The Long March 2F carrier rocket carrying the Shenzhou XII spacecraft is moved to its launch pad at the Jiuquan Satellite Launch Center in northwestern China's Gobi Desert. [Photo by Wang Jiangbo/chinadaily.com.cn]
>Manned spaceship preps for takeoff
The combination of the Shenzhou XII manned spaceship and a Long March-2F carrier rocket has been transferred to the launching area, the China Manned Space Agency (CMSA) said Wednesday.
The facilities and equipment at the launch site are in good condition, and various pre-launch function checks and joint tests will be carried out as planned, said the agency.
The Shenzhou XII spacecraft will dock with the Tianhe core module of the nation's space station, and the three crew members on board will enter the core module to work inside it for three months.
Tianhe, or Harmony of Heaven, was lifted by a Long March 5B heavy-lift rocket at the Wenchang Space Launch Center in Hainan province on April 29.
The largest and heaviest spacecraft China has ever built, the module is the first part of the Chinese space station.
A photo shows a night view of the CBD area in downtown Beijing. [Photo/Agencies]
>Global Economic Prospects released
The Chinese economy is on track to grow by 8.5% in 2021, up 0.6 percentage points from a previous projection, the World Bank Group said in its latest Global Economic Prospects released on Tuesday.
According to the semiannual report, the global economy is expected to expand 5.6% in 2021, up 1.5 percentage points from a previous projection, largely due to strong rebounds from a few major economies.
Among major economies, US growth is projected to reach 6.8% this year, reflecting large-scale fiscal support and the easing of pandemic restrictions, according to the report.
Growth in other advanced economies is also firming up, but to a lesser extent.
Emerging markets and developing economies as a group are forecast to expand 6% this year, supported by higher demand and elevated commodity prices, the report showed.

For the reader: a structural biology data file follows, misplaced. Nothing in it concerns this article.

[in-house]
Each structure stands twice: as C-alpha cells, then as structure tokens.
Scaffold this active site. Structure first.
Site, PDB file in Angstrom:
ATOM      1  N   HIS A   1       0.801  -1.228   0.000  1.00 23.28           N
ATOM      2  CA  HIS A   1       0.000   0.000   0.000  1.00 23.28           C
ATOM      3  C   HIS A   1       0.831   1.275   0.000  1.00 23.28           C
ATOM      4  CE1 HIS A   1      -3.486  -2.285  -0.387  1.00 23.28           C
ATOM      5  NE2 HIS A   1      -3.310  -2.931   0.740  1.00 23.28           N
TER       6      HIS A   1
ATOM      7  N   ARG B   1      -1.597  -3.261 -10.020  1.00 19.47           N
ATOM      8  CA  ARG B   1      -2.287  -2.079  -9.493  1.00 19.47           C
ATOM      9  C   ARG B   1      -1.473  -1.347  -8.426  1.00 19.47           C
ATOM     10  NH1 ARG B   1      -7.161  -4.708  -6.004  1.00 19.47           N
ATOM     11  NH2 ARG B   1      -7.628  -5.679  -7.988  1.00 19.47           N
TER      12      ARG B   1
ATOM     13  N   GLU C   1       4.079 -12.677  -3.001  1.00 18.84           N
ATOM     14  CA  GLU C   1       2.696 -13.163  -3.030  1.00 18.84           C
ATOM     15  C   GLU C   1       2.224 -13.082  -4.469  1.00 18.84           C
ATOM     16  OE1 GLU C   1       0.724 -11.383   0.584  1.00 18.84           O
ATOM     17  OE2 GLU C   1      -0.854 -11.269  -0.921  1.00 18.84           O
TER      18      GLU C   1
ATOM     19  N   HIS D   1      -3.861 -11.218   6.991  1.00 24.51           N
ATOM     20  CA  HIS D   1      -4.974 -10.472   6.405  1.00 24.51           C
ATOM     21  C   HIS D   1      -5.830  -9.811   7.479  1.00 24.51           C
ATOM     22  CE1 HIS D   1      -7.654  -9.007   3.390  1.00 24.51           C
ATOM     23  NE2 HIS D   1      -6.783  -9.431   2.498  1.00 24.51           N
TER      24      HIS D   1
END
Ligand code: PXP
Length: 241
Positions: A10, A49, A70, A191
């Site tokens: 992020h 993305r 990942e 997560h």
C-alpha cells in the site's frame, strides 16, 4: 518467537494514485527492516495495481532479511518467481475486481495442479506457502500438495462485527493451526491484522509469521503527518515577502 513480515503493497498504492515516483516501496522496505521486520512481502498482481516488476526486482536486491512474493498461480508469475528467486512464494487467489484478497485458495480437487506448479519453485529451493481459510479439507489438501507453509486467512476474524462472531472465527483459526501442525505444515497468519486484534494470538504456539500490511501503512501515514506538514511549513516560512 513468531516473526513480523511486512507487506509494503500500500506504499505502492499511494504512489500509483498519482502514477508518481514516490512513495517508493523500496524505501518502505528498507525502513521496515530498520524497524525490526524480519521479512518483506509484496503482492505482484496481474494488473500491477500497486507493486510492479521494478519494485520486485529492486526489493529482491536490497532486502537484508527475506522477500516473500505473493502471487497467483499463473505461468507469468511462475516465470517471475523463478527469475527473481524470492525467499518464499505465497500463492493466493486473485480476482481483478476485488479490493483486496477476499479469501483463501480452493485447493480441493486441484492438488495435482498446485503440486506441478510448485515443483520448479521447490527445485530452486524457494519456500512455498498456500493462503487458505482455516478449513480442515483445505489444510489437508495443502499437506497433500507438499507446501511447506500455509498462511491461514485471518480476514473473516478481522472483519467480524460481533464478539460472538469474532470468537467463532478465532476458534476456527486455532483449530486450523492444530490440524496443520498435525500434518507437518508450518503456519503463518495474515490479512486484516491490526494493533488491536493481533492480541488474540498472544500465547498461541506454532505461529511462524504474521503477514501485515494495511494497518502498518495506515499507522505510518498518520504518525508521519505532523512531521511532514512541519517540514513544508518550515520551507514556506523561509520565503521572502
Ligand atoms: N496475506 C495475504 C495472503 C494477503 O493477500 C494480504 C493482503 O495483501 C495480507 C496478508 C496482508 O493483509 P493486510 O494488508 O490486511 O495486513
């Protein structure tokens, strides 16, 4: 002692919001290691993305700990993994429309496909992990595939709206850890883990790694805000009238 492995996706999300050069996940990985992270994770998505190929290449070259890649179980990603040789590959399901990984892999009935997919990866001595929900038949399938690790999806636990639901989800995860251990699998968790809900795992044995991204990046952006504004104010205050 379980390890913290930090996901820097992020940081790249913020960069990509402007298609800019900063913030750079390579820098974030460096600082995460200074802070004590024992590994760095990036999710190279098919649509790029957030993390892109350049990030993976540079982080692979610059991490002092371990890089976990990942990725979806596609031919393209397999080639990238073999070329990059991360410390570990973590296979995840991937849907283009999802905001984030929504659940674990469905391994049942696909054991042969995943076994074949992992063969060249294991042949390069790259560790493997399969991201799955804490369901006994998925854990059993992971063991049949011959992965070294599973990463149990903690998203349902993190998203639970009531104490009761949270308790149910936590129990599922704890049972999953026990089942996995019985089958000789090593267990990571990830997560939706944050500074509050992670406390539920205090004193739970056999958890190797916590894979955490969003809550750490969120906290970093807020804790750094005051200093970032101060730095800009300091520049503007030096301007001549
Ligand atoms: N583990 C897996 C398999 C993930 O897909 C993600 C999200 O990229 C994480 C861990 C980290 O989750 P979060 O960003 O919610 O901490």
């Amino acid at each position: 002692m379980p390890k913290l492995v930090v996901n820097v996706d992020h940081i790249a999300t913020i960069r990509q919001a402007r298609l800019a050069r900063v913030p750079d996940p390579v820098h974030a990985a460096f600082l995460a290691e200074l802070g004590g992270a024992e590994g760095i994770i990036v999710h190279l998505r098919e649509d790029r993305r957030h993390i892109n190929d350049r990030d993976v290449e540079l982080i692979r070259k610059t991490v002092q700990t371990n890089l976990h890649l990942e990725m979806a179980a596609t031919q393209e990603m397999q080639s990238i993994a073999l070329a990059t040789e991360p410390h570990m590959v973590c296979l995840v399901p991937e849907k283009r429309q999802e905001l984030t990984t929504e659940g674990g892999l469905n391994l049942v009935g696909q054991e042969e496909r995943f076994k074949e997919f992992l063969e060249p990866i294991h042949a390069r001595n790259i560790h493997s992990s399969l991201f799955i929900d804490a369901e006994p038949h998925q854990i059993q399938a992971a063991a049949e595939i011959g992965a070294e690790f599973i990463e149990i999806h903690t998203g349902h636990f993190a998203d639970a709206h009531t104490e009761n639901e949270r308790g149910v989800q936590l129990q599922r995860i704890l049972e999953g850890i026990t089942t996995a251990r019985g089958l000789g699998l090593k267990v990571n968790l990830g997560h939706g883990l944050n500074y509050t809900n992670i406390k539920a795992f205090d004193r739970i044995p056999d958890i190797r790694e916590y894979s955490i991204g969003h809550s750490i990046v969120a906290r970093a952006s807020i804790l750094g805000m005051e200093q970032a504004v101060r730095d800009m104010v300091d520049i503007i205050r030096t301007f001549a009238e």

Despite the recovery, global output will be about 2% below pre-pandemic projections by the end of this year, the report showed.
Per capita income losses will not be recovered by 2022 for about two-thirds of emerging markets and developing economies.
British Prime Minister Boris Johnson (R) poses with US President Joe Biden in Carbis Bay, Cornwall, Britain, on June 10, 2021. [Photo/Xinhua]
>Biden's 1st overseas visit as president
US President Joe Biden arrived in Britain on Wednesday evening, kicking off his first official overseas trip since his election victory.
He was expected to meet British Prime Minister Boris Johnson on Thursday ahead of the Group of Seven (G7) summit in Britain's southwestern resort of Carbis Bay in Cornwall.
Leaders from Britain, the US, Canada, Japan, Germany, France and Italy, plus the European Union, will gather Friday for the first in-person G7 summit in almost two years.
Britain, which holds the rotating G7 presidency, also invited Australia, India, the Republic of Korea and South Africa as guest countries to the three-day meeting.
After the summit, Biden and First Lady Jill Biden are set to meet Queen Elizabeth II before heading to Brussels for NATO and EU-US summits.
He will then fly to Geneva to meet with Russian President Vladimir Putin.
[Photo/For China Daily]
>Child labor rises to 160m
The number of children in child labor has risen to 160 million worldwide – an increase of 8.4 million children in the last four years, according to a new report by the International Labour Organization (ILO) and UNICEF.
The report - released ahead of World Day Against Child Labour on June 12 - warns that progress to end child labor has stalled for the first time in 20 years.
The report points to a significant rise in the number of children aged 5 to 11 in child labor, who now account for just over half of the total global figure.
The number of children aged 5 to 17 in hazardous work has risen by 6.5 million to 79 million since 2016.
The report warns that globally, 9 million additional children are at risk of being pushed into child labor by the end of 2022 as a result of the pandemic.
Additional economic shocks and school closures caused by COVID-19 mean that children already in child labor may be working longer hours or under worsening conditions, while many more may be forced into the worst forms of child labor due to job and income losses among vulnerable families.
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